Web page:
With so many people experiencing sleeping disorders, there’s been a rise of interest in one controversial cure: cannabis. Many in the medical marijuana community refer to cannabis as an effective treatment, with little to no side effects, for a range of sleeping disorders.
“Marijuana is an effective sleep aid because it restores a person’s natural sleep cycle, which so often falls out of sync with our schedules in today’s modern lifestyle,” says Dr. Matt Roman, a medical marijuana physician.
Whether you have a sleep disorder or you’re having difficulty sleeping after a stressful day, cannabis might be a choice for you. Marijuana’s analgesic properties might provide some relief for those with chronic pain, while the anti-anxiety properties can soothe a stressed out mind and body.
There are different strains of marijuana. Some are more energizing, and some are calming and sedating depending on the balance of the different cannabinoids.
First, here’s a quick primer on the science behind marijuana. This herb works because it contains different cannabinoids, two of which you’ll see most often:
- Cannabidiol (CBD). CBD has a number of health benefits, and is nonpsychoactive, meaning it doesn’t cause you to feel “high.”
- Tetrahydrocannabinol (THC). THC, a psychoactive cannabinoid, is primarily responsible for that “high” feeling.
Something else THC is responsible for? Inducing sleep . So you’ll want a strain that contains more THC than CBD.
According to a 2008 study , ingesting marijuana strains with higher levels of THC typically reduces the amount of REM sleep you get. Reducing REM sleep means reducing dreams — and for those who experience PTSD, it could mean reducing nightmares.
So the theory is that if you spend less time dreaming, you’ll spend more time in a “deep sleep” state. The deep sleep state is thought to be the most restorative, restful part of the sleep cycle.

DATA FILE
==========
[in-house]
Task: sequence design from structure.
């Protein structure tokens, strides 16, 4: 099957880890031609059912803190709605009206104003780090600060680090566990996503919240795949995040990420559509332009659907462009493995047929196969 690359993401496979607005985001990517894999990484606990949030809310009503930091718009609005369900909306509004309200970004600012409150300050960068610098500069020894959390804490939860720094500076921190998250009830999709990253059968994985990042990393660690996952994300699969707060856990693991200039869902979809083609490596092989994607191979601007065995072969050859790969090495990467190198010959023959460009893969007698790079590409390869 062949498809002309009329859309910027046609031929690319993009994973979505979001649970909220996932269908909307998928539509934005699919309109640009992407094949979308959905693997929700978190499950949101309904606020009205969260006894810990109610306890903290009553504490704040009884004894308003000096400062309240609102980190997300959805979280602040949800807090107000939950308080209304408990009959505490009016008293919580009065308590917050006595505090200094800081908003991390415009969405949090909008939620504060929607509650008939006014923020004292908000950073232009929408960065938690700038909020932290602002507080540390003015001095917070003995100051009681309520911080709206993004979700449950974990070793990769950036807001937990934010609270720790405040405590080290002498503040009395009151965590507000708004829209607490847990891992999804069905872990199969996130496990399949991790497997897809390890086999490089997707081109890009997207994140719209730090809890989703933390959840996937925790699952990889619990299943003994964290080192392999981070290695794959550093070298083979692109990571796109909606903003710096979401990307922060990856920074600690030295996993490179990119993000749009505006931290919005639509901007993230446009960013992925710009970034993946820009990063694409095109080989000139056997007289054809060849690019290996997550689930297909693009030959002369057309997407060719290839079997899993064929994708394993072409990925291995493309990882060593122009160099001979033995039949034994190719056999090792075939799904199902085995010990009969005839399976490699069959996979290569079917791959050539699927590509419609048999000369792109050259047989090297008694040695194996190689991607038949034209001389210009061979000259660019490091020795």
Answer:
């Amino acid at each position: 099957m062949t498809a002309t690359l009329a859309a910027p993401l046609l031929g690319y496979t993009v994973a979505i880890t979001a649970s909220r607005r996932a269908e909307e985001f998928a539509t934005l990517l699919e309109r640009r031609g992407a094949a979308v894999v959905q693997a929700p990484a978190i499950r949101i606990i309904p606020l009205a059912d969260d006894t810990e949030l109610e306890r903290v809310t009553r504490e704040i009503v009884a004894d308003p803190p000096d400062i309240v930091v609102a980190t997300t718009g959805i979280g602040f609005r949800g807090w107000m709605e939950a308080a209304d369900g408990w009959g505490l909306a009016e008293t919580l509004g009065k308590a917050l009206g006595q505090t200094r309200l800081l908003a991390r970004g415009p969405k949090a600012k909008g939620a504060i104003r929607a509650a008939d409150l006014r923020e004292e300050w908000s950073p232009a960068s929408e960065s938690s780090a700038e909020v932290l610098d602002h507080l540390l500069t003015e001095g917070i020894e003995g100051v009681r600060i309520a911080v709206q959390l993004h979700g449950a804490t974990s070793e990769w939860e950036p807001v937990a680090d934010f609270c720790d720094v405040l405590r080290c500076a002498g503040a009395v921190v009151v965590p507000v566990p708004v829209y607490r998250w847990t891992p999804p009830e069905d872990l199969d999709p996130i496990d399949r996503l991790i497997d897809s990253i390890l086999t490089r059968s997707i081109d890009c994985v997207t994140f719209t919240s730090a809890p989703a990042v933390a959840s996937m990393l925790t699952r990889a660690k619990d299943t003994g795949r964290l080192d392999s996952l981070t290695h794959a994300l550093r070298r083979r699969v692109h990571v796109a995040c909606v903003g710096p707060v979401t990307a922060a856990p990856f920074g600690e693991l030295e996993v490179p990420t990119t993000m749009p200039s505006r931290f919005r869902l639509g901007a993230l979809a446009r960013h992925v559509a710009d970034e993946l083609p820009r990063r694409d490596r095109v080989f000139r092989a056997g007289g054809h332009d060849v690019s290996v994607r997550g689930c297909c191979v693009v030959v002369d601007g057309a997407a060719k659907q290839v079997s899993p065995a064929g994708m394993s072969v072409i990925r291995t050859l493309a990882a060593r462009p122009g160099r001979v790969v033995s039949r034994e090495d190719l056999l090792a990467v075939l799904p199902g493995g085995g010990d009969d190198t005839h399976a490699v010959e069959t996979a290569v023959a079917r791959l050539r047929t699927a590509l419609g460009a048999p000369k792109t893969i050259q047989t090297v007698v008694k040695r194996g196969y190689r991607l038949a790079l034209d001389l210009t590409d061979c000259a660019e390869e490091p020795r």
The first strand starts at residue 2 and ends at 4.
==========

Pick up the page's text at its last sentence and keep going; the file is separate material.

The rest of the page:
Still, REM is important for healthy cognitive and immune functioning, and marijuana with higher THC levels could impair your sleep quality if taken long term.
But this isn’t true across the board. Some studies have found that sleep can actually be impaired by regular use of marijuana. It’s clear that marijuana changes sleep cycles.
Smoking of any kind is a known health risk and should be approached with caution. Also, medicinal use of marijuana is still illegal in many areas.
Talk to your doctor about your sleep cycles. There may be long-term health consequences with interrupted REM, because much of the immune function repair takes place in deep sleep.
Please use marijuana responsibly. As with all forms of smoking, your risk of COPD can increase. Smoking marijuana is hazardous to the lungs, especially for those with asthma or other respiratory conditions. The use of marijuana while pregnant or breastfeeding isn’t recommended.
Long-term marijuana use has been shown to have changes on the amount of gray matter in the brain. For teenagers, marijuana seems to have even more profound long-term and lasting effects on the brain and isn’t recommended.
Marijuana use isn’t recommended for anyone under 25 years of age because of the long-term effects on learning and recall.
More research on marijuana for medicinal purposes as well as the risk of COPD is still needed.
Is cannabis an answer to entering the land of sleep? From strains to timing, here’s what you need to know about cannabis as a nightcap.